Growing up

I am thankful and blessed to be a mother.  I am thankful to GOD who gave me a healthy son who is curious, smart, sensitive, precocious and athletic.  As a mother, I feel guilty for not giving him another brother or sister but this is how life was suppose to be for us. I hope that I am able to provide him with the love, the nurture, the intellect, the emotional stability and mental strength to fly on his own. His father loves him so much and it pains me to realize that his time is ticking.

Growing up my mother always talked about how someday we will understand why we, as parents, make sacrifices and take risks. Why as parents, we stay together with our partners who despise us for the sake and benefit  of our children. Why we endure so much pain and abuse in order to give our kids a better life.  Why sometimes we have to sacrifice a little bit to gain a lot. Why no matter what, we must always do what is best for our children or as how my friend would say, “Always in the best interest of the child”. My friend, after all works for the County of Sacramento.

I never realized growing up that my mother and father never married, yet 45 years into their marriage, they are still together.  I call it complacency. Growing up, I never recall my mother and father arguing. I didn’t know what it was like to live in a house with conflict. I never saw my father yell or shout at my mother, nor did I ever see her cry. What I did grow up with was different type of abuse. Physical abuse, emotional and sexual abuse.  I do not and will not, ever hold my mother responsible for the physically and emotional abuse I endured as a child. I do however hold those assholes accountable for sexually abusing me during a 3 year span. That combination of abuse is a recipe for utter disaster.

My father was an alcoholic. He was what I would call a jolly-happy, go lucky alcoholic. He was never verbally, physically abusive or threatening with us.  The memories of I have of my father were always of him laughing and calling me “Mija”. He was always proud of us. We could do nothing wrong in his eyes. He loved us and always agreed to buy us whatever we wanted.  Of course, for us kids, we just got excited hearing him saying yes to everything we asked for. I’m sure it eventually happened for us, but nonetheless he was a happy alcoholic.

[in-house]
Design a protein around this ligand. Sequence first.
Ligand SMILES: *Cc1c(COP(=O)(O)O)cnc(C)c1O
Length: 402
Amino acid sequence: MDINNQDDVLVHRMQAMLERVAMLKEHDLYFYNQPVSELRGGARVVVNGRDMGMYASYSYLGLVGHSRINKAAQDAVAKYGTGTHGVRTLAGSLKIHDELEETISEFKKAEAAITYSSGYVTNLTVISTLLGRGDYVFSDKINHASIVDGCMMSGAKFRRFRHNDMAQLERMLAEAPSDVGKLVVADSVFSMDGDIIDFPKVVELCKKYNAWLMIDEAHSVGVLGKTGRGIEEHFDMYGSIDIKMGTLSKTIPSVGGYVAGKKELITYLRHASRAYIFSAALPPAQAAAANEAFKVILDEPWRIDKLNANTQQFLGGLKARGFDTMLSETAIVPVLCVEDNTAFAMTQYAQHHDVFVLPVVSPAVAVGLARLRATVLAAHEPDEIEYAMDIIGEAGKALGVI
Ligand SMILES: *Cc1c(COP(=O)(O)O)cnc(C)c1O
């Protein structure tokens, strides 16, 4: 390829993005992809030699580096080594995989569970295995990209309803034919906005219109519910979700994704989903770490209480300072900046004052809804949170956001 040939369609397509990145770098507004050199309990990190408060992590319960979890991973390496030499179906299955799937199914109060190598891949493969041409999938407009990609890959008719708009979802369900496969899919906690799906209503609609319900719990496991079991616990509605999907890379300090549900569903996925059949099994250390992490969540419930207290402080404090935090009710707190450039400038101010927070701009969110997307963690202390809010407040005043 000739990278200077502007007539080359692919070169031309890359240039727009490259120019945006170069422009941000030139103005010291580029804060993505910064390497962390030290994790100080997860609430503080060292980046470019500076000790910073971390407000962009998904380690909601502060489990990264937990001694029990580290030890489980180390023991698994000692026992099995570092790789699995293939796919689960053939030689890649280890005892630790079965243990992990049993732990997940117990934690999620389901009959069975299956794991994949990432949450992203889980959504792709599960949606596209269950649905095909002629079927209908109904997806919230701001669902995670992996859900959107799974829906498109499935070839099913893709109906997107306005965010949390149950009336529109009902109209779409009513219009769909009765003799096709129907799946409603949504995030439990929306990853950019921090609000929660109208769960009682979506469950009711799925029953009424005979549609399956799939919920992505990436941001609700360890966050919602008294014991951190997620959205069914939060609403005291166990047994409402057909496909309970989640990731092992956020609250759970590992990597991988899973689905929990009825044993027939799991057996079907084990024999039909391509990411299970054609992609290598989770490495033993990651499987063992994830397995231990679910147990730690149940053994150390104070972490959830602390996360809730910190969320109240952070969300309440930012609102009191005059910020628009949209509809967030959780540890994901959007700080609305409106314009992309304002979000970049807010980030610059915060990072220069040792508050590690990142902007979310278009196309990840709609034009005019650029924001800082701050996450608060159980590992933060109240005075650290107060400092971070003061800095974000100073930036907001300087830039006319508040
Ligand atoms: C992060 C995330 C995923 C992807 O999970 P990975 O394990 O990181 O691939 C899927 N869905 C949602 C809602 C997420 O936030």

The side we never got to see was that ugly abusive and full of aggression he off loaded on my mother. We never saw him engage in that destructive behavior you see in movies or ever raise his hand at my mother or us. The sloppy, full of rage, verbally and physically violent and abusive drunk that are always portrayed in those movies, my father never fit the role.

Music was always on in our house. Music was always on towards the end of the night. On Sundays, we would watch our Spanish music show called “Siempre en Domingo“. If we were not watching that, we were listening to music as the night came to an end. Music would wake us up as well. We would wake up to music and go to sleep with music. Music was and still is a big part of my upbringing. To this day, I love waking up to music as does my son. It gives me a sense of stability and soothes my anxiety. I can still recall waking up to the song “The Bukis” and the smell of a freshly cut lawn. The smell of fresh flour tortillas, beans and fresh juice. Those were the perfect mornings. If I could only replicate those morning so that my son has those beautiful memories of me like I do of my mother. Those were our typical mornings. Mom making breakfast with music in the background and Dad outside fixing his truck or cleaning up the yard from yet another of his late night party pachangas. Fide and I would race into the living room to watch our Saturday morning cartoons. On occasions, we purposely would leave the TV off just to listen to our mom belt out some passionate love songs. Songs that would give us get goosebumps. She would sing them with such passion that a lump in my throat would develop and my eyes would fill up with tears just by listening to her chords. Her passion. Thinking back, I know she was in pain.  Today, I find myself belting those same types of songs on my commute. It’s love and pain.  We don’t have any other outlet but to sing it through.

Life was dulcechaos living out on the Island, ranch or Holt as a few of us know it by.  We lived off the San Joaquin River Delta.  We  had to drive on a levee to make it to our little piece of heaven or hell.  Stockton was about a 40 minute drive to Lower Jones Tract.  We had one Post office which contained one zip code.  We were surrounded by asparagus fields during the end of Spring season. The fields would then turn into a green massive maze of corn fields during the late summer. I knew what season it was because we would have an influx of migrant Arabs workers moving into the barracks that were on our property. From our red house, we could hear the motor speed boats and party house boats playing good old 70’s & 80’s classic rock and you could hear the music resonate from the levee down to our house.